Being No. 1 not a big priority with Buckeyes

The second-ranked Ohio State Buckeyes were on the bus ride home

from the airport after Wednesday night’s victory at Michigan. The

TV sets in the luxury coach were tuned to No. 1 Duke’s game at

Florida State.

Yet there was no celebration when the Blue Devils lost 66-61.

Mostly there was silence.

”There wasn’t one word said,” coach Thad Matta said Friday.

”Maybe it was 11:30 at night, but these guys were kind of like,

‘Hey, what are we going to do to beat Penn State?’ as they got off

the bus. That’s what I love about this team.”

An odd mix of mostly seniors and freshmen, the Buckeyes don’t

have ascending to No. 1 – they could get there by beating Penn

State at home Saturday – as a priority.

”It’s early in the season,” said David Lighty, Ohio State’s

sage veteran, shrugging his shoulders. ”We’re 17-0 but there’s

still a long way to go. We’re kind of looking at the bigger

picture. I don’t think it’s something that’s getting to us. And

that’s a good thing.”

Lighty has been there before, to put it mildly. He came in as

part of the acclaimed ”Thad Five” recruiting class led by 7-foot

Greg Oden and lightning-quick point guard Mike Conley Jr. that went

35-4, finished the regular season ranked No. 1 and lost to Florida

in the 2007 national championship game.

Since then the Buckeyes have constantly been in the top 10, even

though the cast of characters has changed with several players

jumping to the pros.

That big-picture focus apparently has been adopted by everyone

from Lighty – who has an Ohio State record 112 victories on his

resume – on down to the rookies.

”I don’t think it’s too hard to buy into, especially when you

have (teammates like) Dave who have been through it already,” said

Aaron Craft, the freshman point guard whose role seems to expand

each game. ”Obviously, Coach has as well. We have that great

leadership, that great steady hand to keep us calm in any

situation. We’re trying to stay focused, like Dave said, on the

long run and not get caught up in where we are right now.”

Where they are is perfect through 17 games, including four Big

Ten tests (three on the road against down teams but at tough venues

– Indiana, Iowa and Michigan). Oh, and they waxed Florida State on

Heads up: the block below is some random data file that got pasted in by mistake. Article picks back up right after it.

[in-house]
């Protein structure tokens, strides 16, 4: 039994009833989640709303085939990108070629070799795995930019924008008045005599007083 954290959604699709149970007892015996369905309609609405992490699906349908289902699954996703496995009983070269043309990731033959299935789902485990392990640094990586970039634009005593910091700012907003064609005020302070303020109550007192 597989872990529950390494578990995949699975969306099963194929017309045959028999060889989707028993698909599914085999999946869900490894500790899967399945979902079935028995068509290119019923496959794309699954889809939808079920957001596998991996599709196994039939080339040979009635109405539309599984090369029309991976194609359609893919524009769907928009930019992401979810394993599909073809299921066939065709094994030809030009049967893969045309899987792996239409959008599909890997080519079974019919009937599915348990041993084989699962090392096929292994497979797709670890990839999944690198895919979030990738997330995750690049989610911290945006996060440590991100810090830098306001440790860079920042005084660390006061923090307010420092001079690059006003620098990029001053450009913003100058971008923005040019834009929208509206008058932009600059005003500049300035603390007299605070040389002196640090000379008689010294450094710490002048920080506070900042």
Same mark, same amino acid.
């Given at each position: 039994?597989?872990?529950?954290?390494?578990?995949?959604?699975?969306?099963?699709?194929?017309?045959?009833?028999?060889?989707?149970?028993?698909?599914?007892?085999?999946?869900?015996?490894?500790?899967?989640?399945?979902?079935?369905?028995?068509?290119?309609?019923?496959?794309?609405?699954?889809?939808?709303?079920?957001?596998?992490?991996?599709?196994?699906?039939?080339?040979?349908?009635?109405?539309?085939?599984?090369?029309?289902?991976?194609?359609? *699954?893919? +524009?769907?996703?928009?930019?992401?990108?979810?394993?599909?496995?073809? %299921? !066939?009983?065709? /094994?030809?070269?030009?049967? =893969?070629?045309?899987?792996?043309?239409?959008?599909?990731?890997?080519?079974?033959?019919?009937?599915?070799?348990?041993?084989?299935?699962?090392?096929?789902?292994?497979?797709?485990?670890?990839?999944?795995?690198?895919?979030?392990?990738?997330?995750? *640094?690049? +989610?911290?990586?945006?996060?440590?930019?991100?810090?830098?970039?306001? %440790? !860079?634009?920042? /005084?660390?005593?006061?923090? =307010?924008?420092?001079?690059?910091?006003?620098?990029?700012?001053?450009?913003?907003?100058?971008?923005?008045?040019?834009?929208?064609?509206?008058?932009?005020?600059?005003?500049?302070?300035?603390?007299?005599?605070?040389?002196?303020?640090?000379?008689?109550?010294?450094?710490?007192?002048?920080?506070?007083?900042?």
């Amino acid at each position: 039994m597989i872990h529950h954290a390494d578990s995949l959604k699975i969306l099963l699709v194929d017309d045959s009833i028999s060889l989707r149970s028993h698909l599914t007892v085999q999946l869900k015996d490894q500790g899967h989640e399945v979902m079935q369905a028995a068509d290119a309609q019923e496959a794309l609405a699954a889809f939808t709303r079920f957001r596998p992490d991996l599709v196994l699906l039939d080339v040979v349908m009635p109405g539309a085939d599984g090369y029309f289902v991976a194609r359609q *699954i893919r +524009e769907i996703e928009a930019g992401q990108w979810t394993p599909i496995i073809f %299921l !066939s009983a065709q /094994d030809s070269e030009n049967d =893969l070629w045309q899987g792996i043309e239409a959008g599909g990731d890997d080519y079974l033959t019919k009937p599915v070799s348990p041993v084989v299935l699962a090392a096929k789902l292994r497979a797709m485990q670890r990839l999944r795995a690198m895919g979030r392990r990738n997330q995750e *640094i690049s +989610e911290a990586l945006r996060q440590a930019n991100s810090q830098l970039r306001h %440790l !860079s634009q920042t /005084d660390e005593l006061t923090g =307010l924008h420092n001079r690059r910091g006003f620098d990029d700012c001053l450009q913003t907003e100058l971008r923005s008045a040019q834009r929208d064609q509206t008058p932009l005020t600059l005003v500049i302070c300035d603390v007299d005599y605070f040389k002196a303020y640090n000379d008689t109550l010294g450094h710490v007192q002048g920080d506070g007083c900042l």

its home court, 58-44, back on the last day of November.

They’ve done it with four returning starters supplemented by a

solid group of first-year players led by Craft, Jared Sullinger and

Deshaun Thomas. The 6-9 Sullinger, who leads the team at 17.5

points and 10.1 rebounds a game, has been tabbed by some

publications as the best player in the nation through the first

half of the season. Craft runs the offense like a fifth-year senior

and is a shutdown defender. Thomas comes off the bench tossing up

shots and is the fifth Buckeye averaging in double figures at 10.1

points a game.

Yet no one seems to have a big ego.

Asked after the Michigan game about the Buckeyes’ gaudy record,

Sullinger said, ”It means nothing. You have to focus on the next


Much of that stems from Matta, who never seems to take winning

for granted even though he’s done a lot of it in his seven years in

Columbus. He’s a sparkling 173-54 despite losing Oden, Conley,

Daequan Cook, Kosta Koufos and B.J. Mullens to the NBA after just

one season each, and last year’s consensus national player of the

year, Evan Turner, a year early.

So if you think the Buckeyes are good now, just imagine how good

they could be.

Matta doesn’t permit complacency or overconfidence.

”I haven’t heard or seen a sign of one guy saying, ‘I’m

comfortable,’ or ‘This is awesome!’ or ‘We’re good’ – anything like

that,” said the native of oh-so-appropriate Hoopeston, Ill.

”They’ve been very attentive to detail and I like that. They

probably read that off of me from that standpoint. It’s the old Bob

Knight line: If what you did yesterday is important to you then you

haven’t done – you can fill in the rest – today.”

Lighty has seen how the program has become a perpetual national

contender. Hey, even he can dream about what could happen next.

”When you’re Ohio State, of course, everyone thinks of the

Horseshoe and the great football tradition,” he said. ”But I

think it’s starting to kind of be a dual-sport school now. As we

continue to get better and make history, things will hopefully

change around and we’ll be up there competing with the football

team on the same level nationally.”